I can be a grumpy person at times. Commuting woes, poor service, bad writing or just rainy days can turn me into a grouch. Something recently that has raised my ire is the proliferation of the 'ping' or 'ding' followed by a window popping up on my colleague's laptops when they are presenting to clients, prospects or to me.
It's a small thing but equates in my mind to disrespect. By interrupting our time together with an uninvited comment is akin to someone walking into the room and interrupting the conversation. You wouldn't do it in the physical world so why do it online?
But that's the tip of the iceberg. I have enough trouble staying focused in normal situations without having a constant barrage of notifications flashed in front of me. Being in the moment and being totally focused on what it is you are doing is getting harder and harder. What's worse however is the always on nature of our work. We are constantly in demand and so it becomes important to know how to switch off once the day is over.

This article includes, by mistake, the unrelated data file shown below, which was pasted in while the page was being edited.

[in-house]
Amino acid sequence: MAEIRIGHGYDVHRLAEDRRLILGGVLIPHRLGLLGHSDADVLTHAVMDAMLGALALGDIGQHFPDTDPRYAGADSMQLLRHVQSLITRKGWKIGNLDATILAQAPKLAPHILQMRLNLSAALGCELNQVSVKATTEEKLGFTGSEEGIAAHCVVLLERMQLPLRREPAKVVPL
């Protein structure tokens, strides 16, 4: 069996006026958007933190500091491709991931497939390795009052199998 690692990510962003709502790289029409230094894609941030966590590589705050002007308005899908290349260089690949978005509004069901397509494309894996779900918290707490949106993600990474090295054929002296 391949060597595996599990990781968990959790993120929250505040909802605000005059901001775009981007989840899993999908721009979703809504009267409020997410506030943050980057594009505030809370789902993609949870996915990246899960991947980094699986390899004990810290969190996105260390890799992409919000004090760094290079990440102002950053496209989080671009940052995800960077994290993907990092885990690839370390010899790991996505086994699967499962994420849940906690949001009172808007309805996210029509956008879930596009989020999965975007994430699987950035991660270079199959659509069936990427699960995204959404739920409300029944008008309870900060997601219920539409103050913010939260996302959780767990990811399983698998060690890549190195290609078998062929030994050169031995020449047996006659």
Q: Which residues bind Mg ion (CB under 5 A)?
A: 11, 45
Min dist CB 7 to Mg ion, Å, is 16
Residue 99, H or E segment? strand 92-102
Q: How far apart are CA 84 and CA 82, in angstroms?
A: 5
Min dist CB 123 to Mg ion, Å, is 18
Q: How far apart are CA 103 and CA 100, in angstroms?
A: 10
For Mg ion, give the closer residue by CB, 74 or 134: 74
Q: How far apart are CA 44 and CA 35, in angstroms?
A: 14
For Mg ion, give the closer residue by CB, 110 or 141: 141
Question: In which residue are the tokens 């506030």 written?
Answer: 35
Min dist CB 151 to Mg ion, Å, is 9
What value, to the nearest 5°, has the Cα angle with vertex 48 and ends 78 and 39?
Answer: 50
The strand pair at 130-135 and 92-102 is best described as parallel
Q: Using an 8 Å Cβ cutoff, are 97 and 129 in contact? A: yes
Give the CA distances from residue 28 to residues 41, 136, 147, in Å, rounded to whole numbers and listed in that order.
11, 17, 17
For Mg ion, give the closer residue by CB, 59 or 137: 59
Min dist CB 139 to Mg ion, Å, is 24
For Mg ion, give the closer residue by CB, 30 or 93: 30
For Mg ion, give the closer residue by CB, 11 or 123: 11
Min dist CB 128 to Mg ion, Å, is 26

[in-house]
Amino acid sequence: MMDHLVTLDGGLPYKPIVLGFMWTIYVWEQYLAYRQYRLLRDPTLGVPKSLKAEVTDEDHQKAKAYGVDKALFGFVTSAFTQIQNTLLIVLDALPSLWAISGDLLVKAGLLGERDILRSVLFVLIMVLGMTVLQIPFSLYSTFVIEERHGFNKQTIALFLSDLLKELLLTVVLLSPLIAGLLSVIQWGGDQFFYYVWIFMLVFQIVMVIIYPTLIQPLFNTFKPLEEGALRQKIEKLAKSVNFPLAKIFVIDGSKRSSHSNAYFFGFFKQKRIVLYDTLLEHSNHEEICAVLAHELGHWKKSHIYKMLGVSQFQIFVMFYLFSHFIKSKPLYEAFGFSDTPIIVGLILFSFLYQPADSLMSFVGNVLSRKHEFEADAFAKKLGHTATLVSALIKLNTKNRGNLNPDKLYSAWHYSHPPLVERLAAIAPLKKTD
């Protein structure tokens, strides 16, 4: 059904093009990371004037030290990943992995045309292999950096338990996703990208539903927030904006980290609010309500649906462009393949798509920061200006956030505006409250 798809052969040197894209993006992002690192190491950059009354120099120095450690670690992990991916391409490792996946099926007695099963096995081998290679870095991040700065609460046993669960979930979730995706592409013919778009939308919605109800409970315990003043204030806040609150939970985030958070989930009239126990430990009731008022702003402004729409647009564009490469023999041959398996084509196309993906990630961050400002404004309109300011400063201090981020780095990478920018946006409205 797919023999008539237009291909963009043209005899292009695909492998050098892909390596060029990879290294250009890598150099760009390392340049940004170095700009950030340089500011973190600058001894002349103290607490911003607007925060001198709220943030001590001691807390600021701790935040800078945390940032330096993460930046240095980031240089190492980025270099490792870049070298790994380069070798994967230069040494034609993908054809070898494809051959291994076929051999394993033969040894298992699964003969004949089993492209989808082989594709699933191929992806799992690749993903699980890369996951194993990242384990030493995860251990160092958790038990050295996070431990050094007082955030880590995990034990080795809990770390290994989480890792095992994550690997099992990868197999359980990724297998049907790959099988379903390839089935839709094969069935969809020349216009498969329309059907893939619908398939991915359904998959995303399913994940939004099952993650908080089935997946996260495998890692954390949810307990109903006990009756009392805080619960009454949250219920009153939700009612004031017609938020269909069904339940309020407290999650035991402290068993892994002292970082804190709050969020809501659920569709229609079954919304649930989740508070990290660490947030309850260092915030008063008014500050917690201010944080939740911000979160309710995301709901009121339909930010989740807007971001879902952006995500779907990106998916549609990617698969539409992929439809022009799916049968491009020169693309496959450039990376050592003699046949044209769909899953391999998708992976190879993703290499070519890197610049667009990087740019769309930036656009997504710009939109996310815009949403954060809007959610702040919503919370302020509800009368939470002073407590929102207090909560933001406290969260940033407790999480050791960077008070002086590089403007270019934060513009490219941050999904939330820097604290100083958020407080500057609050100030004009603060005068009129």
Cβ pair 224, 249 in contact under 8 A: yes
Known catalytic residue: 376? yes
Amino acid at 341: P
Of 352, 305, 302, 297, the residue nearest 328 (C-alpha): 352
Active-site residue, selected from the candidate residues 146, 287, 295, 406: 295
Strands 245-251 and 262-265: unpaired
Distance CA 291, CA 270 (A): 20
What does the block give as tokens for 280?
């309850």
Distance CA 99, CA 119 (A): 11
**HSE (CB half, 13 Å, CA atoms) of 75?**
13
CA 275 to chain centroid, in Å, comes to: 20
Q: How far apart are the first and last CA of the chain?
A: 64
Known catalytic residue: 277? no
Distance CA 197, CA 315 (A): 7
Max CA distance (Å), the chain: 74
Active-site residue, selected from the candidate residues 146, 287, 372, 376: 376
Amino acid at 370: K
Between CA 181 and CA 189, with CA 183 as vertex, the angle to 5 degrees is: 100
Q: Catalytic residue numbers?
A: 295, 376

If it is indeed true that it takes on average 23 minutes and 15 seconds to get back to the task in hand after a distraction, then I'm left wondering how much more productive we could all be simply by turning off one controllable source of distraction - the notification.
It's a simple life hack that will lead to better quality work, improved productivity and uninterrupted meetings . And that will take away one of the triggers to making me a grouch which is good for everyone.
“I’m convinced it’s better for the world [to disable all your notifications],” Collin says. “I’m a big believer in not being distracted when you’re doing other things. Limiting notifications helps maintain my mental health. “